At the end of the process, IDOA collects all of the evaluations, tallies their scores, and puts them in preference order. To encourage supplier diversity, some additional scoring points are given to minority, women, or veteran-owned businesses. Vendors may be given one last chance to provide their BAFO, their best and final offer. Preference is typically given to the lowest-cost responsive bid. At that time, an award letter is written and sent to the winning bidder, and the other bidders are notified of the decision. Bidders may appeal if they believe a mistake was made. Finally, an announcement is shared with Indiana library staff that a new or improved service is available.

This blog post was written by Jen Clifton, Library Development Office.

Indiana Public Library Standards – ensuring the best possible library service for Hoosiers

Did you know that every public library in Indiana is expected to have the following things?

  • A licensed director and staff.
  • Separate collections and spaces for adults, young adults and children.
  • Weekend hours.
  • A collection development policy.
  • Free public computers, and the ability to print or make copies.
  • A resource sharing service, or lending arrangement with at least one other library in the state.

These rules, and more, are known as the Indiana Public Library Standards. This law is found in Title 590, Article 6, of the Indiana Administrative Code, and serves as a list of requirements that libraries must meet to get access to Indiana State Library services, as well as receive state and federal funding.

The standards rules vary based on the size of a library’s population area. For example, large libraries that serve more people are required to be open for longer hours. Smaller libraries serving smaller or rural communities have some relaxed requirements, including education and work experience needed for their director.

The Indiana State Library’s Library Development Office determines which libraries are meeting standards annually by reviewing libraries’ policies and plans along with the self-reported responses to the Indiana Public Libraries Annual Report surveys. Most libraries have no problem meeting the requirement annually. For libraries with standards issues, Indiana State Library staff will follow up with the library and assist them in correcting their issues, if possible. Following this correspondence, the Indiana Library and Historical Board reviews standards issues and may find libraries not meeting the requirements to be “out of standards.” Libraries found out of standards can lose access to state-sponsored services, as well as funding opportunities.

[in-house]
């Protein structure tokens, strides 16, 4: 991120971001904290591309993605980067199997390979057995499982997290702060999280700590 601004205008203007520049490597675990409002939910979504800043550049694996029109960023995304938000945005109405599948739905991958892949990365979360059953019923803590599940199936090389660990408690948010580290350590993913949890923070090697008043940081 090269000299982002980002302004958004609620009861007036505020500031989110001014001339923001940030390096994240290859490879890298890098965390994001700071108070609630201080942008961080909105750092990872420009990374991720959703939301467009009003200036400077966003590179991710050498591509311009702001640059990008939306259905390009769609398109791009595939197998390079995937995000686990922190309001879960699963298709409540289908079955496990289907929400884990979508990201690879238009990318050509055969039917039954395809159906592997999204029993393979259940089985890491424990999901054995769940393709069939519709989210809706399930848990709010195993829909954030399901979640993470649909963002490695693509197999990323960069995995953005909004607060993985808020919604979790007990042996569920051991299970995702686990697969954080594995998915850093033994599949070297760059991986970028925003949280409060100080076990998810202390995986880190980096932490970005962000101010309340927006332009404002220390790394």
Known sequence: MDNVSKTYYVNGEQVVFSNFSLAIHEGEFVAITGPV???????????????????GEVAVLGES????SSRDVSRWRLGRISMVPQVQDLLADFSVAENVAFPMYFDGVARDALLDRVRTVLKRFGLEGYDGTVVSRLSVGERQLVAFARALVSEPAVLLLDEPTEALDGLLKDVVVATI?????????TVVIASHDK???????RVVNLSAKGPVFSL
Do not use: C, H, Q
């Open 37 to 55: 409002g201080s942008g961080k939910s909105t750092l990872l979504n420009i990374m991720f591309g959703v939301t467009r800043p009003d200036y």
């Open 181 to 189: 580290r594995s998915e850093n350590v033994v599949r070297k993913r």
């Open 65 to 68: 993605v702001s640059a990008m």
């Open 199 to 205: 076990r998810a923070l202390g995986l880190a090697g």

The standards rules have evolved over the years and are evaluated every few years by Indiana State Library staff and a panel of volunteer library staff from public libraries around the state. The most recent review occurred in 2021 but did not result in any recommended changes to the legislation.

This blog post was written by Jen Clifton, Library Development Office director, Indiana State Library. She can be reached via email.

Meet Emma Woods, digital inclusion fellow

Digital equity in Indiana is important because it’s necessary for access to essential services, civil and cultural participation, education and employment. This is why I am very excited to now be serving the Indiana State Library as their digital inclusion fellow!